Syreeta and SoJo found each other on Twitter back in April. Shortly after making the connection, I was invited to write a chapter for the book on the topic of balance. Knowing that there were complementary synergies between the book that inspires youth to take action and SoJo that provides the tools to guide youth in their journeys of action -- I was excited to meet her. Surely enough, we discussed synergies and many ways in which our two initiatives can jointly work together (among them a shared launch in 2012 in NY!)

In addition to the excitement that has come from finding an ally and collaborator, I left that meeting utterly inspired. Syreeta is on mission to inspire her peers (most of whom come from less-privileged backgrounds) to take action just because they should. I get frustrated when I try to build partnerships with organizations that are "safe," who need to see proof before they are ready to start a conversation, or who don't take me seriously because SoJo isn't funded and thus assume we're unable of delivering on our mandate.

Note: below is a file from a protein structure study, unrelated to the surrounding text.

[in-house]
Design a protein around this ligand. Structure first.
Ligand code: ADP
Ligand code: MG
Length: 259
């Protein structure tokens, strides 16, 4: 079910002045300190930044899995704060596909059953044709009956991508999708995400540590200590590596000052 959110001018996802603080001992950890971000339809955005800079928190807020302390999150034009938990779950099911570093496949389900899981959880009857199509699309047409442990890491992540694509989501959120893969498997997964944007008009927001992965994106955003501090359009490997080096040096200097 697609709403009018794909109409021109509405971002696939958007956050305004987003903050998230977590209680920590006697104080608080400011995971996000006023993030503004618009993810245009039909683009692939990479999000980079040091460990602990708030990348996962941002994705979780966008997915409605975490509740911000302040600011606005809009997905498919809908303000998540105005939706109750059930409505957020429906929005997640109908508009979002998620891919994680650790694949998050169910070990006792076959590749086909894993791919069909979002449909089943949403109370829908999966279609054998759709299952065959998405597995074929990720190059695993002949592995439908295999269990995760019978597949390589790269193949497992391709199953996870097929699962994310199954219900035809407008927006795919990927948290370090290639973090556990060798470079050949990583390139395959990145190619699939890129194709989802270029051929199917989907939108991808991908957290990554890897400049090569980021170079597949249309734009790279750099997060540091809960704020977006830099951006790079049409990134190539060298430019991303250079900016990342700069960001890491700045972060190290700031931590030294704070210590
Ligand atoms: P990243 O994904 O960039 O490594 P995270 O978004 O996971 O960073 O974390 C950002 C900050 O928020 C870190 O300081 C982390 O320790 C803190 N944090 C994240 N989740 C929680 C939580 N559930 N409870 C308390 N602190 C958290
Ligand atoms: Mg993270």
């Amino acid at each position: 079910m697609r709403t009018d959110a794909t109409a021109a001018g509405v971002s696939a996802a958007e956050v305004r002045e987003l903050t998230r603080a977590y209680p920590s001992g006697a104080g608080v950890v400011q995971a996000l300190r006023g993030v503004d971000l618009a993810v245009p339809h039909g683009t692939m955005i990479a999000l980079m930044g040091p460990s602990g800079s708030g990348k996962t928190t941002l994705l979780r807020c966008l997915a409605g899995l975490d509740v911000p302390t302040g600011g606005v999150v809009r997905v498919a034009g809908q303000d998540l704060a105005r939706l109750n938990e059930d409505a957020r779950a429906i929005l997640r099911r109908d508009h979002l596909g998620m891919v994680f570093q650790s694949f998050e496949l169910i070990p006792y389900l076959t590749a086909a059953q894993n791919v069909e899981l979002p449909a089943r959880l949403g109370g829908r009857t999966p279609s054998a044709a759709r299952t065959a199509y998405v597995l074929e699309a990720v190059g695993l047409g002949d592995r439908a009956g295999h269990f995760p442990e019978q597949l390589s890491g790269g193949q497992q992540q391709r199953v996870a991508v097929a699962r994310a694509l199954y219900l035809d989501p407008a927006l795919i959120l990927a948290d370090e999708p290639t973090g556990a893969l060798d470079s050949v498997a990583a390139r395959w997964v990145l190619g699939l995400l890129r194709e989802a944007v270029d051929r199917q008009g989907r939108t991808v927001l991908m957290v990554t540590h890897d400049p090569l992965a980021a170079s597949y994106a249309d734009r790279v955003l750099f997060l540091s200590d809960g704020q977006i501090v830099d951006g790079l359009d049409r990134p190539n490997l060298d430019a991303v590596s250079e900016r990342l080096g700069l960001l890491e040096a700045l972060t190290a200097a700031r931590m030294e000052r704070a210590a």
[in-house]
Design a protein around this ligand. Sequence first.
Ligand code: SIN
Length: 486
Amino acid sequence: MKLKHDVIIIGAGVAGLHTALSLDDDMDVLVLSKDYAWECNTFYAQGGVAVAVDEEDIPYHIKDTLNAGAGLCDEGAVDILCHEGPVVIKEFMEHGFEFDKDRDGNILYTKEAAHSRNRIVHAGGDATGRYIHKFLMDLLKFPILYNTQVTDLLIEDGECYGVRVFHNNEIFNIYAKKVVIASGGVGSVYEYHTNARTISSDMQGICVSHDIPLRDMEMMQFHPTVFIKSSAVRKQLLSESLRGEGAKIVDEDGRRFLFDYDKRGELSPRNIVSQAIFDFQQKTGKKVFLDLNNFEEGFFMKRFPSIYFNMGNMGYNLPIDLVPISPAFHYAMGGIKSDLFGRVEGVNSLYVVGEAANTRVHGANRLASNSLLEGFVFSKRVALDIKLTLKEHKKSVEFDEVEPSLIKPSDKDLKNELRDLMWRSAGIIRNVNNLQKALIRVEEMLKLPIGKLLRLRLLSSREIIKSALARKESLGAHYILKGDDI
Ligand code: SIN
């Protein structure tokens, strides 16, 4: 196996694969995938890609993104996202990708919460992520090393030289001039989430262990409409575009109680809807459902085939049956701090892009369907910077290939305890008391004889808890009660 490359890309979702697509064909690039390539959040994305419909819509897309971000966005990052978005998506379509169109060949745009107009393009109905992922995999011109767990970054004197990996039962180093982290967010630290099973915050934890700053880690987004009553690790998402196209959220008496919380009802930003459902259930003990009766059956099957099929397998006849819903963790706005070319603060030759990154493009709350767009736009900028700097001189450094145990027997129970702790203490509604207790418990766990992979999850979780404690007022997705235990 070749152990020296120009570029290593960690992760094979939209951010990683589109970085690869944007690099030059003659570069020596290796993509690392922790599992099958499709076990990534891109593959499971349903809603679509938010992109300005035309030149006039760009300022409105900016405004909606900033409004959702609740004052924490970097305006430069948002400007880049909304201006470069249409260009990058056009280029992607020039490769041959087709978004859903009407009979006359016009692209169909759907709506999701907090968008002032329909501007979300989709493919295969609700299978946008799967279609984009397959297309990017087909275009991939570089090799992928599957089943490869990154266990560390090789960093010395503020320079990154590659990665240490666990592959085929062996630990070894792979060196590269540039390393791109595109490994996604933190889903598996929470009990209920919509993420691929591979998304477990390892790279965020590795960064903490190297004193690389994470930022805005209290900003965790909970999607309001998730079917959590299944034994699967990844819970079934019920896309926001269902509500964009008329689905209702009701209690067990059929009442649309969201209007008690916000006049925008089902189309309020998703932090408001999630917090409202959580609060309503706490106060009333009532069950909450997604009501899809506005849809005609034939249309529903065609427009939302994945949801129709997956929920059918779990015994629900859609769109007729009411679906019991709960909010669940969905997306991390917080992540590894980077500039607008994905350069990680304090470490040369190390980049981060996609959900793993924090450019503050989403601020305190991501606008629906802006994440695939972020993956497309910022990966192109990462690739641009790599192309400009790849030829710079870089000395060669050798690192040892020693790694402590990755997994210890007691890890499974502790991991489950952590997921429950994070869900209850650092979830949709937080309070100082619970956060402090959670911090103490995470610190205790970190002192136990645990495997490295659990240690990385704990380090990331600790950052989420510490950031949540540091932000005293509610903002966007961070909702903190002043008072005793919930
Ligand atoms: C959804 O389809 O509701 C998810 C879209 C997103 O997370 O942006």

Syreeta is a living example of someone out there taking action.

More inspired youth + action = a better world

I spent the afternoon at an event hosted by Bloomberg called Empowered Entrepreneur. It was a primarily tech start-up crowd, where the panels were centred around high growth companies, venture capital, exit strategies. For the past few months, I've been mingling in many technology and "web 2.0" circles. SoJo is leveraging technology to deliver information in an organized and meaningful fashion to our user base. Down the road, it is possible that we create a unique technology to better meet the needs of our user base.